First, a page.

Our First Interview – Success Stories

Hey Readers! So, while I continue to put out more posts and constantly research, I’ve begun finding and meeting some awesome people.

And, guess what… They’re felons too, and have been able to find a pathway to overcome their personal struggles. And lots of us want to reach out to each other and help our brothers and sisters in the background struggle.

Here is my first interview with such an individual, let me introduce Lisa Forbes and her story:

  1. What was your first conviction, and what was the most influential factor in your life at that time?

I love this quote by Joyce Meyer:  “If you want to get over a problem, stop talking about it.  Your mind affects your mouth, and your mouth affects your mind.  It’s difficult to stop talking about a situation until you stop thinking about it.”

What is a matter of public record is a matter of public record.  But I don’t have to keep giving life to it by talking about it.  The world was created by words, and is maintained by words.

After 18 years, I have so re-defined myself that I have no interest in discussing the past.  I am, however, writing a memoir, and for two reasons.  The first is to put the past in perspective.  Secondly, I would love for all the details that it will include to give readers who have endured similar events the certainly that they are not alone, that other people can relate, and that they, too, can choose to not be permanently impacted by the past.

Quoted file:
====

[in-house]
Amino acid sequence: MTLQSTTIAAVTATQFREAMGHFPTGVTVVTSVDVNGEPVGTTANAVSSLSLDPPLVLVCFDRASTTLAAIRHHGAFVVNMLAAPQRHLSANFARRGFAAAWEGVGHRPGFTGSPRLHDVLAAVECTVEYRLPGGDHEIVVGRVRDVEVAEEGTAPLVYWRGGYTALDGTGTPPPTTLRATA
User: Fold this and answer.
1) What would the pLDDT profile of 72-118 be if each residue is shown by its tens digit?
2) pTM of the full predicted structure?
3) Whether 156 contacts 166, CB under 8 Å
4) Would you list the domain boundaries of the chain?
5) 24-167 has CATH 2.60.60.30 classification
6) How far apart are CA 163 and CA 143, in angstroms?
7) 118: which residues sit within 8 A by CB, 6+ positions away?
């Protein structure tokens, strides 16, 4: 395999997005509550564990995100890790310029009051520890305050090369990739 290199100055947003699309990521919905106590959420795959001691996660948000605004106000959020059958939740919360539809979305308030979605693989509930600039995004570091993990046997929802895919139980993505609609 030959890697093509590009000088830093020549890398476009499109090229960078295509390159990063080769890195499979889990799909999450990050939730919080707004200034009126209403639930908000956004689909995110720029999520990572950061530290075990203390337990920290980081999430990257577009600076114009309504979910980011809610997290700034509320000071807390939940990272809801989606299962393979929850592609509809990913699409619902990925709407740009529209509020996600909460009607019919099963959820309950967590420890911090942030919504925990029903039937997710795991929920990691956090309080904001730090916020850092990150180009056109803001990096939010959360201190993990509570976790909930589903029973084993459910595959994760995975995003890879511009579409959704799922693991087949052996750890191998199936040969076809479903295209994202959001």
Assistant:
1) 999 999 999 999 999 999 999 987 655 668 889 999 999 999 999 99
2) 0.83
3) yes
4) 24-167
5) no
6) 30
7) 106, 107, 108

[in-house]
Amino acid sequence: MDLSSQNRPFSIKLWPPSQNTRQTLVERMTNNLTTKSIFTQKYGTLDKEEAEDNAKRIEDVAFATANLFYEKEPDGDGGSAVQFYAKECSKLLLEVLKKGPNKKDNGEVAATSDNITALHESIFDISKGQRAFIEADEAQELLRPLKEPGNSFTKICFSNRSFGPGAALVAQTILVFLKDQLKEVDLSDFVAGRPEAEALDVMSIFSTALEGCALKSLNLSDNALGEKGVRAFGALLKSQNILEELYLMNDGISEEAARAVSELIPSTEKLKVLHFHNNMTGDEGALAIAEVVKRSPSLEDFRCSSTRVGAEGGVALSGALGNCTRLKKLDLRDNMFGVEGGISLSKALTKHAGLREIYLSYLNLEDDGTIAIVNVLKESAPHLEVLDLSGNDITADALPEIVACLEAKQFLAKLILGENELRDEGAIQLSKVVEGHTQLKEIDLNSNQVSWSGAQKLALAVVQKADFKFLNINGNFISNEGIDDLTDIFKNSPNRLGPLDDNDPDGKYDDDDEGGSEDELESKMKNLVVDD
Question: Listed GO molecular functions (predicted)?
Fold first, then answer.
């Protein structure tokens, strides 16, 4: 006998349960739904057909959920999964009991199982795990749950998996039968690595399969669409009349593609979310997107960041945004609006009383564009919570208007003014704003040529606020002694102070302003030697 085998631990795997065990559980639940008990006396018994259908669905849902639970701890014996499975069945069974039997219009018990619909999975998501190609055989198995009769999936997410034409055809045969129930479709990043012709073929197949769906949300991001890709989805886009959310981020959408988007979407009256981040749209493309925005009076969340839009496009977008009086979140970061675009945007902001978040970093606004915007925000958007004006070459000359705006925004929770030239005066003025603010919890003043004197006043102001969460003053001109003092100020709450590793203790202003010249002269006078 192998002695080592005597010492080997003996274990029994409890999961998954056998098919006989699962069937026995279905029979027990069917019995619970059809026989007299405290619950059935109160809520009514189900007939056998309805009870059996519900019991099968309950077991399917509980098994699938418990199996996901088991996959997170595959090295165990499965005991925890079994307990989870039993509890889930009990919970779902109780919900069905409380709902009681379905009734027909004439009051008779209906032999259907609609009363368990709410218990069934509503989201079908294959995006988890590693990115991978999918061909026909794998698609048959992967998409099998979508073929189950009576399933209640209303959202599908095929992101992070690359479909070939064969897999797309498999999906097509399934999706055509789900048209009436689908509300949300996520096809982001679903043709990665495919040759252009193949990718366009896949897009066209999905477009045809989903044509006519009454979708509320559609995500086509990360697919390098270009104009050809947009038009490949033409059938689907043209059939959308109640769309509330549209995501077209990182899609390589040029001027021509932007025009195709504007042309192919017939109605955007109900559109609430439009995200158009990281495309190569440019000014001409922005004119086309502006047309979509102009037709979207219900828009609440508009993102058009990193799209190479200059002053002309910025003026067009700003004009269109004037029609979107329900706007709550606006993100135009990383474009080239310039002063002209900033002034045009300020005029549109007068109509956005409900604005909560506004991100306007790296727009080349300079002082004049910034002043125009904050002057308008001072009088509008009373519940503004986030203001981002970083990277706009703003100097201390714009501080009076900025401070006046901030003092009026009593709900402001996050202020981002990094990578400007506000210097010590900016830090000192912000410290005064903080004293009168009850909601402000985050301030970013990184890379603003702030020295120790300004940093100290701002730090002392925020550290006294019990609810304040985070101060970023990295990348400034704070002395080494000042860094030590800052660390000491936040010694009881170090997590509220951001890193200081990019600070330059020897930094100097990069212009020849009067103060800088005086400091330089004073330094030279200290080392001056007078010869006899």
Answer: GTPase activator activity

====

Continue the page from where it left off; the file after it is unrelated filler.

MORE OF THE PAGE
The most influential factor in my life at that time was having been traumatized sexually, religiously, and emotionally throughout my childhood and into adulthood.

 

  1. What was the catalyzing moment in your life that brought you to make positive changes and begin your current path?

When I realized that in my terrible marriage, I had recreated my childhood – right down to marrying a man who was the same age as my father.   Trauma had me stuck in a behavioral loop.  I repeatedly entered relationships with people who treated me as I had always been treated at home.  I had to accept the fact that some part of me needed to feel worthy of a better life.  I had to choose to believe that God loves me.  I had to stop punishing myself.  I had to stop feeling guilty because I had been declared guilty.  I had to forgive myself and move on.  Acceptance of that led me to understanding the impact of trauma, and the extent to which being in a traumatized state was preventing me from changing.  I want to emphasize that these realizations came about as a result of a lot of reading and studying and praying for help.  I was able to research these things and then reach out for help.  I realize that a lot of people aren’t in that position.  And that is the gap where I would like to stand – to do that for those people who aren’t able to do close that gap without a little help.

 

  1. What has or will define your success as a restored recruiter?